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FRAUD

New €100 and €200 notes go into circulation in Germany

Since Tuesday, Europe's monetary authorities have been printing the two banknotes with new security features.

New €100 and €200 notes go into circulation in Germany
The new 100- and 200-euro notes are being printed as of Tuesday. Photo: DPA

New 100 and 200 bills are supposed to make it more difficult for counterfeiters to do their job.

The issuing of these bills completes the second series of Euro bank notes, the first series which began being issued in 2002, according to the European Central Bank in Frankfurt. The 500 note has not been issued since the end of April.

SEE ALSO: Mixed emotions in Germany as 500-euro note bows out

“The manufacturers of ATMs and cash safes have already been able to borrow the new banknotes for test purposes for the last nine months, so the technical conversion should run smoothly,” assured Johannes Beermann, Chairman of the Bundesbank (German Central Bank).

Last year, six percent of the euro notes in circulation in Germany were 100 notes and one percent were 200 notes, according to the Deutsche Bundesbank.

By far the most frequently counterfeited banknote in Germany has been the the 50 note. A revised version of the orange-brown note was issued in 2017. While the 'state of the art' bill had more security features, Germany's police union remained skeptical that it could still be counterfeited.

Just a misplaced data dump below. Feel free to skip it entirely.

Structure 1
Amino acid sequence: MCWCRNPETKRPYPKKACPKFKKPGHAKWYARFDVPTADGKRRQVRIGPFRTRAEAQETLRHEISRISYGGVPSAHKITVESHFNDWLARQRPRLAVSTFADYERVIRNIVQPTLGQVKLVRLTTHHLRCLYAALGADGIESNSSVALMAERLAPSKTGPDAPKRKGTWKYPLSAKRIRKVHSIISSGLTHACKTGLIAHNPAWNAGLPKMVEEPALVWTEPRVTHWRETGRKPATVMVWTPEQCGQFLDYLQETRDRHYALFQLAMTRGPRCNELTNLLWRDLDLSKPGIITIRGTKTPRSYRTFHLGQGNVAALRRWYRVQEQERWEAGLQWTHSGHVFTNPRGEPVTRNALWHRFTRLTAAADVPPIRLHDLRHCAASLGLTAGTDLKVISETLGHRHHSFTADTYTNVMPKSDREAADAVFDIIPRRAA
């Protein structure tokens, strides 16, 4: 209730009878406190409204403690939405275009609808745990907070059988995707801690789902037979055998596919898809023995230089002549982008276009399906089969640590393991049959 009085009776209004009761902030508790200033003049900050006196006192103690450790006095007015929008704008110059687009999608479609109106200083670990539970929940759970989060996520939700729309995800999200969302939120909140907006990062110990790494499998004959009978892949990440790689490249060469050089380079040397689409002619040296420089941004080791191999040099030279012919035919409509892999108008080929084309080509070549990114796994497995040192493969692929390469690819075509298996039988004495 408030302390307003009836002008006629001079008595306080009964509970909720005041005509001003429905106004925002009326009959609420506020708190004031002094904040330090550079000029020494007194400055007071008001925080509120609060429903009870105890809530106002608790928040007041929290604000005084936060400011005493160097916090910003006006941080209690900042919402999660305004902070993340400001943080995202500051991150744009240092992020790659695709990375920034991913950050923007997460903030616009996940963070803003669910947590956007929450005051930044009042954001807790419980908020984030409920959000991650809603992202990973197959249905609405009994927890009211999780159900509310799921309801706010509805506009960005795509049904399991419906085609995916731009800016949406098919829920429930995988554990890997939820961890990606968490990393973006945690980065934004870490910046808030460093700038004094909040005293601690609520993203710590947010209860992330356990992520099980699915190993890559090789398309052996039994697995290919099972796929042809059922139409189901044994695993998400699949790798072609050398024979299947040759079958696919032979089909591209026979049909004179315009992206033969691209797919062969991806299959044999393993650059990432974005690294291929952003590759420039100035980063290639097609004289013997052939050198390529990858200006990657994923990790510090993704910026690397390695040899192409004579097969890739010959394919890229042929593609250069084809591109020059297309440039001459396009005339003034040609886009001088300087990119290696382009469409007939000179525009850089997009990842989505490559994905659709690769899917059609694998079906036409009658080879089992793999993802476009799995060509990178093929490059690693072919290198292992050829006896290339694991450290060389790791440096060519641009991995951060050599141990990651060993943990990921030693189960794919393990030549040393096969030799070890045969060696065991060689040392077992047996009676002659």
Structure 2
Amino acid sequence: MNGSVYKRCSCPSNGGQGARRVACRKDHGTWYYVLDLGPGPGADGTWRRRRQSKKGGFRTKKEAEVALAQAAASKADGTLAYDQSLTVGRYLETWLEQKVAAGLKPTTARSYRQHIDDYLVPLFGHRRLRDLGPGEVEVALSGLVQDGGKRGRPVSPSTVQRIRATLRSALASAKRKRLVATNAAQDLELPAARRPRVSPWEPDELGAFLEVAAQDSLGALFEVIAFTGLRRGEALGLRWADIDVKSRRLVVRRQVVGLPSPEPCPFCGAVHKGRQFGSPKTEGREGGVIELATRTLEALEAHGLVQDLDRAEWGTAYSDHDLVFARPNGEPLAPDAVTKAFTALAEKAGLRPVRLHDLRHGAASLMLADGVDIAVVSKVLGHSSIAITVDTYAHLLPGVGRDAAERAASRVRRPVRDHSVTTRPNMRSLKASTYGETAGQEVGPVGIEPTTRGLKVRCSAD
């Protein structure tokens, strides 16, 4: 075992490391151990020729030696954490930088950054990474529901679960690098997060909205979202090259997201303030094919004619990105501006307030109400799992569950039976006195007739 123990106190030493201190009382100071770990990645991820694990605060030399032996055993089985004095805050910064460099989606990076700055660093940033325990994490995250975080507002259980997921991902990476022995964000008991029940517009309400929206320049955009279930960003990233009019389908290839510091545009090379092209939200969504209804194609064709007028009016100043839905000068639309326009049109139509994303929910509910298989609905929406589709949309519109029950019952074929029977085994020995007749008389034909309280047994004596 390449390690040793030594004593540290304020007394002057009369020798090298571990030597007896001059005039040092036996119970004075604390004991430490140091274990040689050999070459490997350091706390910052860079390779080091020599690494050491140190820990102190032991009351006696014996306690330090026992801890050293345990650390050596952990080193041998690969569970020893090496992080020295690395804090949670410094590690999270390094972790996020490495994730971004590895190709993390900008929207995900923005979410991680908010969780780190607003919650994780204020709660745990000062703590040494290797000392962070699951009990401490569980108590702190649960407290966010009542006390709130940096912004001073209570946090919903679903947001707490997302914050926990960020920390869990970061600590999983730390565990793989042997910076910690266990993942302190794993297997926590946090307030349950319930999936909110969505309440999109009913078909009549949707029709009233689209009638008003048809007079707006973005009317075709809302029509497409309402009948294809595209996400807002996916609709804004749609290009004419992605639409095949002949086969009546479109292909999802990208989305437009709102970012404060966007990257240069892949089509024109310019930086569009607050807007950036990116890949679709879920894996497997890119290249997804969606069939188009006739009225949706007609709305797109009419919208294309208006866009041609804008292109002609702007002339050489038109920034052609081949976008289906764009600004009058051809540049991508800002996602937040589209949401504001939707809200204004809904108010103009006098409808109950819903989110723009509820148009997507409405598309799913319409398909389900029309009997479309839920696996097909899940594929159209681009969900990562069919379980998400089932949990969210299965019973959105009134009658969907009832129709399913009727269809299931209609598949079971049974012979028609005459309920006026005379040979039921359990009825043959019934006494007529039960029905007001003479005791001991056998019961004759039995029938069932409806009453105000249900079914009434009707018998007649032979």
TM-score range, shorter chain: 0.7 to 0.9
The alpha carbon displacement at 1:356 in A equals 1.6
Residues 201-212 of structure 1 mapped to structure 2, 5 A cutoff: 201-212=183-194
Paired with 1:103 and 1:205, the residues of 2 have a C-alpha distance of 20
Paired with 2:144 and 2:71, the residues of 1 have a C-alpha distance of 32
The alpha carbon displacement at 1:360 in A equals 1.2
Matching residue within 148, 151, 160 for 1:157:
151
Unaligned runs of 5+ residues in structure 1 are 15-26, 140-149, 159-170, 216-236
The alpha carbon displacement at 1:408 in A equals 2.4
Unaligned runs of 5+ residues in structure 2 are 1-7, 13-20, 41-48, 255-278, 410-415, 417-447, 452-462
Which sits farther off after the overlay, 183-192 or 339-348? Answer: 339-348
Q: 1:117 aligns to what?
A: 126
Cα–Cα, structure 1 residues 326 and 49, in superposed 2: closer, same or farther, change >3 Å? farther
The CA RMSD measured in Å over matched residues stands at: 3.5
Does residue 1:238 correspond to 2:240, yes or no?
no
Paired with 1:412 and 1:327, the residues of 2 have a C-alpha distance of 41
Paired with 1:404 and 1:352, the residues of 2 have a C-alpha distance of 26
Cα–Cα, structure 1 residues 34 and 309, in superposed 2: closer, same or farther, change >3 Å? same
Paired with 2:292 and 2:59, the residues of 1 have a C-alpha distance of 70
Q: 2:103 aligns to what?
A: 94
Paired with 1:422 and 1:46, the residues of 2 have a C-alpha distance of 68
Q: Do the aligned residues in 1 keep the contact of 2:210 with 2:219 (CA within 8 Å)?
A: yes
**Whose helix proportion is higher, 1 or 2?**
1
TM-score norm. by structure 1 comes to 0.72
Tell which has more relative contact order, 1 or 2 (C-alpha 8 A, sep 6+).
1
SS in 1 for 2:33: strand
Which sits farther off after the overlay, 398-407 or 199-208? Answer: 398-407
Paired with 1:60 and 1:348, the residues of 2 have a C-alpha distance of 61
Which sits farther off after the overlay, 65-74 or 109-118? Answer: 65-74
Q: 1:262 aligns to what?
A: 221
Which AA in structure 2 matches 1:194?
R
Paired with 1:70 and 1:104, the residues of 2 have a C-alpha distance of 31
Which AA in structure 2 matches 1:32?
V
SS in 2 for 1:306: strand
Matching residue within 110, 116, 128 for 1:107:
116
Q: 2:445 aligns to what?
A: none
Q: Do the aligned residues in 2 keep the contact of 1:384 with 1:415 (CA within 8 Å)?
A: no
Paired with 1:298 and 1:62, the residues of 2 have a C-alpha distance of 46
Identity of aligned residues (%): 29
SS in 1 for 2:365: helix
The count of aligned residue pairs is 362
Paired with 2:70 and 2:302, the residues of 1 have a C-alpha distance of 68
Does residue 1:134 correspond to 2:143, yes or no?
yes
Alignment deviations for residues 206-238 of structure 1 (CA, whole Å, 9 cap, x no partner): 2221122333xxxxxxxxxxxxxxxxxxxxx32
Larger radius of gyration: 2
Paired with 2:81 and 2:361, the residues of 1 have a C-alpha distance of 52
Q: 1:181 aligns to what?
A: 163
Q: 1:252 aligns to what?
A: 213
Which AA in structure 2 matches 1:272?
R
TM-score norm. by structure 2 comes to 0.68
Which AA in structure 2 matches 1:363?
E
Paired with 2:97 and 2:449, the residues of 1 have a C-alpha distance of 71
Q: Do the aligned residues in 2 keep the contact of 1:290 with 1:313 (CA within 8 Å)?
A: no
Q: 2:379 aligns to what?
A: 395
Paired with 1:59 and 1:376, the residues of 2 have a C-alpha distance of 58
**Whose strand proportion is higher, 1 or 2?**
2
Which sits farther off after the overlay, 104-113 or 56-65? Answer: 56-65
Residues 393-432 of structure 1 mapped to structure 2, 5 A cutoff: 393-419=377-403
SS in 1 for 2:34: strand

SEE ALSO: New €50 note is forgeable, claims German police union

Anyone who immediately hopes for the new notes when withdrawing money in the coming days could, however, be disappointed. The introduction of 2.3 billion revised 100 notes and 700 million €200 banknotes throughout the eurozone will take place gradually.

The old notes are gradually being withdrawn from circulation by the central banks, but first-generation euro banknotes will remain valid.

New security features

Graphic: DPA

The 100 and €200 notes have a “satellite hologram” on the front top right. When tilted, small euro symbols move around the value numeral. There are additional euro symbols in the emerald number.